Ever since I joined M&S Food last April, I have been clear about the challenges we face and clear about what we need to do: we have to become more relevant, more often, to more families across the UK.
We’re at the early stages of our transformation, but we have a far-reaching plan to protect the magic that makes M&S Food special – our quality, our exceptional sourcing and our famous innovation – while modernising the rest of our business in areas like supply chain and stores.
As part of this process, we must have the confidence to try new and different things, and get on with it despite commentary from the sidelines. After all, the original, pioneering M&S spirit was about listening attentively to customers but being bold with first-to-market products and innovation.
We have built a strong team that is both creative and commercial, combining M&S experience and some new leaders who bring different thinking to the food group. Our new Little Shop initiative is just one part of a much bigger transformation plan to broaden our appeal to families and shake up how we engage with customers. M&S is at its best when we’re serious about food but don’t take ourselves too seriously. And Little Shop is all about fun. We are keen to see if it works and take the learnings!
Initial feedback has shown little ones (and grown-ups) love the mini collectables concept. We’ve seen real excitement from customers who want to complete the collection over the summer and add some of our most iconic products to their play kitchens at home.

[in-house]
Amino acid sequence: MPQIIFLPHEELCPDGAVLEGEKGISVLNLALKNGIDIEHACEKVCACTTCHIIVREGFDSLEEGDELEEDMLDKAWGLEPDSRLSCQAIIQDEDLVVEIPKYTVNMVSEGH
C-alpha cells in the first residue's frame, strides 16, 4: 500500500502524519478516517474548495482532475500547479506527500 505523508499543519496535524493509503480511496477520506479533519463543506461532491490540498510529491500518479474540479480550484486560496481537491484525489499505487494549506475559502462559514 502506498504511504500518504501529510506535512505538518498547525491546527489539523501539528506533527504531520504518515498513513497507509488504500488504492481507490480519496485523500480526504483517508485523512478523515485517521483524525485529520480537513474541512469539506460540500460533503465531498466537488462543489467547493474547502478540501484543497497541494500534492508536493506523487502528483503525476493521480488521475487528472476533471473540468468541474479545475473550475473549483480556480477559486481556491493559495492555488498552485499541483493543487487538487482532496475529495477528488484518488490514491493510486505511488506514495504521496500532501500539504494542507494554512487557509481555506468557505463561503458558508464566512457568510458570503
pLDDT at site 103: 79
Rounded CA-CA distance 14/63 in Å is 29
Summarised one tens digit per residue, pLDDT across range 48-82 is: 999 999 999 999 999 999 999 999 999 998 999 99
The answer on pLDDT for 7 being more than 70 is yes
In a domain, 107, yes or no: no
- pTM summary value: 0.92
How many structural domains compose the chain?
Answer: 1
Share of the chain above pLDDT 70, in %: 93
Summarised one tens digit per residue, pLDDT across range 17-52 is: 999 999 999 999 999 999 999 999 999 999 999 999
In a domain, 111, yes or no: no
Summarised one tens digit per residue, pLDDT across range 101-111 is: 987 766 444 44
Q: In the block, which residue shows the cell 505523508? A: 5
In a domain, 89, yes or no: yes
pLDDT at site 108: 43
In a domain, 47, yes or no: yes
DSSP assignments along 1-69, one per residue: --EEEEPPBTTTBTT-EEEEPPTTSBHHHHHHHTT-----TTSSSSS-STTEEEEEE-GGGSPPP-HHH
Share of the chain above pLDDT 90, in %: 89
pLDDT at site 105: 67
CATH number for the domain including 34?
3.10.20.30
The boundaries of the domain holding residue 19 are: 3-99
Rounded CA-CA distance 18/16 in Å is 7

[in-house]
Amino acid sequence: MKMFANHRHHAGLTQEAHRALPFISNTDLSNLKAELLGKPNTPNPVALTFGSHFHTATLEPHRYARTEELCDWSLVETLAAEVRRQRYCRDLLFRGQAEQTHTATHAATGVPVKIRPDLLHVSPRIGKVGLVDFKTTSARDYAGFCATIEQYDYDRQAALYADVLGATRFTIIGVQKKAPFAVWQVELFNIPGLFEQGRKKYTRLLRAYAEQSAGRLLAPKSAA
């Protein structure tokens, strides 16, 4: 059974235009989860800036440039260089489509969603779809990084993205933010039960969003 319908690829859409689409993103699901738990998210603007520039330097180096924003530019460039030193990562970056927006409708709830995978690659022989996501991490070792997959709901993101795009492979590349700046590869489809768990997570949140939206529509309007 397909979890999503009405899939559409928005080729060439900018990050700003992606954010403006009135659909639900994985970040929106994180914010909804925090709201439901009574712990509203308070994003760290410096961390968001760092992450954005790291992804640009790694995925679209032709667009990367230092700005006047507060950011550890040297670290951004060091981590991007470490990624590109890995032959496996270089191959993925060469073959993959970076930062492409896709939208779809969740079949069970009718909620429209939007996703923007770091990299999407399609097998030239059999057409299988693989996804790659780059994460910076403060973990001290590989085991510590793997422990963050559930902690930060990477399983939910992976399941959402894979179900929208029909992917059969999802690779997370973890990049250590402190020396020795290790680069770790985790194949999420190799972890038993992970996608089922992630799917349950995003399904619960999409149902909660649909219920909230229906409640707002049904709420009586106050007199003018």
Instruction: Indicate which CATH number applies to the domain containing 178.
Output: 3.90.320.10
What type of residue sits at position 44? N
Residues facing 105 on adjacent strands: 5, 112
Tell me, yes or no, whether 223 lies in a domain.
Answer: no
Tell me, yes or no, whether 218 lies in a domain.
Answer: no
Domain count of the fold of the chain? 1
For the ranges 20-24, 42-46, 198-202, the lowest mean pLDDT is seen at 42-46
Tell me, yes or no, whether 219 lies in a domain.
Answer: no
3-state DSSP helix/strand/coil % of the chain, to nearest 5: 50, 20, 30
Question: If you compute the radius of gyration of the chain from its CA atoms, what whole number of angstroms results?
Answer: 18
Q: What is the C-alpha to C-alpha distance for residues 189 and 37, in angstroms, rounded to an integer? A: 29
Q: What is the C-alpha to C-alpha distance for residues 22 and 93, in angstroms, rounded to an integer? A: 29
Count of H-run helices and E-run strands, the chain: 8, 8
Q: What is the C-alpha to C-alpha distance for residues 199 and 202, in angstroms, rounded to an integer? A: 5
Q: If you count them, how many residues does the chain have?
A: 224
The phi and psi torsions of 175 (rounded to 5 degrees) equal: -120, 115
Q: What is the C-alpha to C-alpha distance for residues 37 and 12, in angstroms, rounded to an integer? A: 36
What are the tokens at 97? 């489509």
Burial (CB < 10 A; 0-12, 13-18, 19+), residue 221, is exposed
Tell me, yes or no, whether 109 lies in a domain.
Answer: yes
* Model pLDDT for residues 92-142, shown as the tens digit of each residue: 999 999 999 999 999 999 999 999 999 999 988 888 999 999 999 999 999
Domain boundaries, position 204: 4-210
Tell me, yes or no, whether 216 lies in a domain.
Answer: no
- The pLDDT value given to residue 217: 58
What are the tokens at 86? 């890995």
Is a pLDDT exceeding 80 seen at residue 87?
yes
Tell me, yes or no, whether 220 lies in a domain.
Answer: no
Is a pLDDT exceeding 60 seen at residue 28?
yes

It’s a great opportunity for colleagues and customers to create a real buzz during the summer months (especially at our 70 swap events) and give families more reasons to visit and shop with M&S.
However, while we’re not taking ourselves too seriously, one thing we are serious about is plastic.
Reducing, reusing and recycling plastic matters to our customers, it matters to our industry and it really matters to M&S. I know questions have been raised (including by The Grocer) about how Little Shop fits in with our wider commitments on plastic – and rightly so.
That’s why our Little Shop collectables have all been designed to last, and a quarter of them are made from Forestry Stewardship Council-certified card. We are encouraging customers to ‘play, give, recycle’ to ensure no M&S Little Shop collectables go to waste. After ‘play’ we encourage customers to ‘give’ collectables to friends or family (we’ve heard of some schools requesting them for role play areas already) or they can bring them back to our food information desks, so we can pass them on via our 70 swap events.
If there are any leftover collectables after the campaign, we’ll recycle them through our plastic take-back scheme. This means we’ll give them a completely new life and turn them into new playground equipment for schools.
What’s more, we have full traceability on this recycling process, which is happening here in the UK.
M&S Food is changing and changing fast. Our vision is to build a bigger, bolder and faster business. First-to-market, family fun initiatives like Little Shop are a sign of that momentum in our plan to make M&S Food more relevant, more often.
As we continue to “protect the M&S magic and modernise the rest”, you’ll see plenty more like it.